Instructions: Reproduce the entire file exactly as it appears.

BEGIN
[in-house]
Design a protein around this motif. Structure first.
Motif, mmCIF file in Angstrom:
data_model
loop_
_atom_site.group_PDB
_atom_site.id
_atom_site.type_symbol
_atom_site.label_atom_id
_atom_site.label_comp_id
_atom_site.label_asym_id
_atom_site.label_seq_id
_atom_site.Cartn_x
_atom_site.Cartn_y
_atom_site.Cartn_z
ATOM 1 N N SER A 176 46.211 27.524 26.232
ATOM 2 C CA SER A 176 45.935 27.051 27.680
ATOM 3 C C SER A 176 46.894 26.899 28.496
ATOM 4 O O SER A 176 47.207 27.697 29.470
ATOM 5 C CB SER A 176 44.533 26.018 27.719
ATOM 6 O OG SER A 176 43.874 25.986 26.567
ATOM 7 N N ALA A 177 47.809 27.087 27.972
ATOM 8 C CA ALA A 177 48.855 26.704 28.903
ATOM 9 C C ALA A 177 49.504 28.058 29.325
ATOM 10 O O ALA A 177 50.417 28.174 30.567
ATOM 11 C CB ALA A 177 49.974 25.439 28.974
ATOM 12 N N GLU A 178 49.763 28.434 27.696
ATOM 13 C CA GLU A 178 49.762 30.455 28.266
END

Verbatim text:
[in-house]
Design a protein around this motif. Structure first.
Motif, mmCIF file in Angstrom:
data_model
loop_
_atom_site.group_PDB
_atom_site.id
_atom_site.type_symbol
_atom_site.label_atom_id
_atom_site.label_comp_id
_atom_site.label_asym_id
_atom_site.label_seq_id
_atom_site.Cartn_x
_atom_site.Cartn_y
_atom_site.Cartn_z
ATOM 1 N N SER A 176 46.211 27.524 26.232
ATOM 2 C CA SER A 176 45.935 27.051 27.680
ATOM 3 C C SER A 176 46.894 26.899 28.496
ATOM 4 O O SER A 176 47.207 27.697 29.470
ATOM 5 C CB SER A 176 44.533 26.018 27.719
ATOM 6 O OG SER A 176 43.874 25.986 26.567
ATOM 7 N N ALA A 177 47.809 27.087 27.972
ATOM 8 C CA ALA A 177 48.855 26.704 28.903
ATOM 9 C C ALA A 177 49.504 28.058 29.325
ATOM 10 O O ALA A 177 50.417 28.174 30.567
ATOM 11 C CB ALA A 177 49.974 25.439 28.974
ATOM 12 N N GLU A 178 49.763 28.434 27.696
ATOM 13 C CA GLU A 178 49.762 30.455 28.266